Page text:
Bedfordshire’s finest ever player, GM James Plaskett, once decided that it was too difficult to make money in chess and tried showbiz instead. He entered the tv show ‘Who wants to be a millionaire’ and did rather well. When I last returned home to study, I spoke to friends about this, since his former teacher and mentor Paul Habershon still plays for Bedfordshire, and one of my friends remembers James very well, describing him as ‘learned’ from an early age, and likely to do well on such a show.
I found James’s performance to be intriguing on many levels, he seemed totally focused and completely unphased by the whole thing. The presenter Chris Tarrant didn’t know how to handle him at times, and showed great respect throughout I thought. I won’t say how well James did, or ‘Jim’ as he is known amongst friends, all I will say is that I only got half as far as he did, and I’m pretty strong on general knowledge. During the summer I entered a pub quiz in my current home town Baku and formed a team by myself (if a team can comprise of only one that is). The team of 8 that won that day scored 93/100, I came second with 92 and the rest I didn’t pay much attention to as they were well behind. All participants worked in the education sector, most if not all were teachers too but few, if any, of the questions were as tough as what ‘Jim’ had to answer once the money started rolling in. If I were to guess, I would say the producers realized he was more than capable of going all the way and gave him untypically difficult questions. It’s not that the topics became so specialized but that the degree of knowledge required was so high. Like ‘Jim’, I too was completely flummoxed by the final question he faced.
http://www.youtube.com/watch?v=GRjAa83f-tk (please go to 5.50 to Jim in action)
You can find the winner of the ECF Chess website of the year here. http://www.chessdevon.co.uk/. It’s a nice site with a bit of everything, though I personally thought its presentation could be improved. Anyway, if you are involved in club or county chess and are a webmaster too, you might take something from the site.
Those who played in the Bangkok Open this year can find the pdf for the tournament magazine here http://bangkokchess.com/downloads/BCCOpen2014-Journal-web.pdf. Peter has done a good job of putting it together. There are some nice interviews, and the pictures reveal just how international the tournament is. I am unable to photograph it anymore and won’t be able to participate for a few years at least, however, some photos are still in evidence, the cover was one of mine I believe. It is a tournament I will miss very much.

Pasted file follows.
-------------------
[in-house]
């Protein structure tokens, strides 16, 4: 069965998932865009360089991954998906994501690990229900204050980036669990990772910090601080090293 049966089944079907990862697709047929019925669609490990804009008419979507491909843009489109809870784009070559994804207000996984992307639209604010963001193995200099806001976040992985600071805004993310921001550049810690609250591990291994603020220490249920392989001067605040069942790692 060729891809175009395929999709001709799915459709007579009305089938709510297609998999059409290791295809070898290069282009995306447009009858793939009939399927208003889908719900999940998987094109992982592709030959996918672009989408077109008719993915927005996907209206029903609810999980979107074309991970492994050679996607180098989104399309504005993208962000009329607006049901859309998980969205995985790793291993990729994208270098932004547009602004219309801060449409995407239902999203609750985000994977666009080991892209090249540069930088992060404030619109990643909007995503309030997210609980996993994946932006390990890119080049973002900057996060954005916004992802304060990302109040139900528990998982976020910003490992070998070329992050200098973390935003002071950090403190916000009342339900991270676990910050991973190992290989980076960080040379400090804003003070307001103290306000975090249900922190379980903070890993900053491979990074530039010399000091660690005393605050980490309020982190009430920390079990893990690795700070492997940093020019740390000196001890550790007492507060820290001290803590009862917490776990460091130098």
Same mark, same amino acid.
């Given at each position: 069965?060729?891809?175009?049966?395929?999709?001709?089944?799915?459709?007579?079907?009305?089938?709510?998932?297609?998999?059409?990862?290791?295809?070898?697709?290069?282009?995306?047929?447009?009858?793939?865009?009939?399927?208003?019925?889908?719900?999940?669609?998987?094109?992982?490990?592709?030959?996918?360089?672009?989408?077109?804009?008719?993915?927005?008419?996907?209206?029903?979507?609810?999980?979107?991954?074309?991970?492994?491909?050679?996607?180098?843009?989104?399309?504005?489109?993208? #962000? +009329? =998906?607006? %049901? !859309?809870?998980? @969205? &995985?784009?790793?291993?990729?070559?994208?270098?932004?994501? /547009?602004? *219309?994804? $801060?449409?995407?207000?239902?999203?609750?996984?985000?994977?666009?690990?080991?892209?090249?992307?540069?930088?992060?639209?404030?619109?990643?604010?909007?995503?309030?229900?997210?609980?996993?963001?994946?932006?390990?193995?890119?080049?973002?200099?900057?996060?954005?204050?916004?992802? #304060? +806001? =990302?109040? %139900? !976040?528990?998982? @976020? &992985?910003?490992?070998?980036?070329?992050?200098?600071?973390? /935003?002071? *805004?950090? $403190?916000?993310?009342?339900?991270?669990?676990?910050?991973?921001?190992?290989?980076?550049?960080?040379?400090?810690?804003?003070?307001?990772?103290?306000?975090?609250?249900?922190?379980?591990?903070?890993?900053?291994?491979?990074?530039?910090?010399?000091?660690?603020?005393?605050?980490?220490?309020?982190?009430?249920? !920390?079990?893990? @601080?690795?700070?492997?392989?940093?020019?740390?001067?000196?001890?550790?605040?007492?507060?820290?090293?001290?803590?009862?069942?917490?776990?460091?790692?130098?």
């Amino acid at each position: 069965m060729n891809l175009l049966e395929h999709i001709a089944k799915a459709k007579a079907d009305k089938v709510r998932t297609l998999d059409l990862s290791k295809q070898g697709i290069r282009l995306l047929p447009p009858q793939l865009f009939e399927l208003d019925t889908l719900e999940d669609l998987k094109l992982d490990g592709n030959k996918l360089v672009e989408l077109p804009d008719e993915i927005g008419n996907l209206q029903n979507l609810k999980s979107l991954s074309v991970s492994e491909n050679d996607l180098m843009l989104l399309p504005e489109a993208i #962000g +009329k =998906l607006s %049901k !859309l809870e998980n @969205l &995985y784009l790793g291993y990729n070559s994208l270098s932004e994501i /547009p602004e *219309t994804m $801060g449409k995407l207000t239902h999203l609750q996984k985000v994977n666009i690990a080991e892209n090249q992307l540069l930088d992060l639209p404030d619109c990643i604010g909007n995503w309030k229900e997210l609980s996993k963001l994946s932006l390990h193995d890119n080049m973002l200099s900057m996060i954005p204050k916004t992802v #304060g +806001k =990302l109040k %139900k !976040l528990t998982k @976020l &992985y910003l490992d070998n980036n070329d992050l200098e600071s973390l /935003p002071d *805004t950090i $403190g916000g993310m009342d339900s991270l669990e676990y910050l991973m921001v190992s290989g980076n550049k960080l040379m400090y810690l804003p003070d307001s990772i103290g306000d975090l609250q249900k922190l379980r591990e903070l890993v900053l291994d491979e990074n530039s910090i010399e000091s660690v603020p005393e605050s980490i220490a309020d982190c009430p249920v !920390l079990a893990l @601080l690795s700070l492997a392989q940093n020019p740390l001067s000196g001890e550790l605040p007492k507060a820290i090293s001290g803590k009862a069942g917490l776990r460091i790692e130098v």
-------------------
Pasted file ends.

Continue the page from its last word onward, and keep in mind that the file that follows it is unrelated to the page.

The documentary ‘Chess Kids’ can be found in the following link
It’s well-handled and worth a watch.
Answers to two wins & a draw
1) Ra8+ Kxa8 2.Qa1+ Kb8 3. Qa7+ Kxa7 4. Nc6+ (the move I couldn’t see) Ka6/a8, 5. Ra1++
2) I thought this was quite pretty. As you have probably noticed, black is already close to stalemate, so…1. Re1+ Kh2 2.Qg1 Kg3 3.Rd3+! Qxd3 (Kg4 will ose to Qd1) 4.Qe3+! QxQ Stalemate. Easy but pretty.
3) 1. Qa8!! (at first sight, counter-intuitive but winning). The rook cannot be saved, black can safely resign here.
Whilst reading the truly wonderful ‘Chess: the history of a game’, by Richard Eales, I discovered that Benjamin Franklin once wrote an essay on ‘The Morals of Chess’. His comments show that he understood our beautiful game very well. The piece certainly reveals it age, his comments regarding ‘the rules of play’ made me chuckle. I would like to add that I am in concordance with the view that singing at the board whilst your opponent is thinking is rather ungentlemanly. After all, the last thing you want whilst deep in concentration is for renditions of the latest death metal number to waft across the board… .
You can find it in Appendix on pg.6.
The positions below are from Hodgson’s ‘The Chess Travellers Quiz book’
2) Gogolov – Varshavsky, Luksena 1967, black to play and draw.
3) Pagilla – Carbone, Argentina 1976, white to play and win.
Answers to come soon.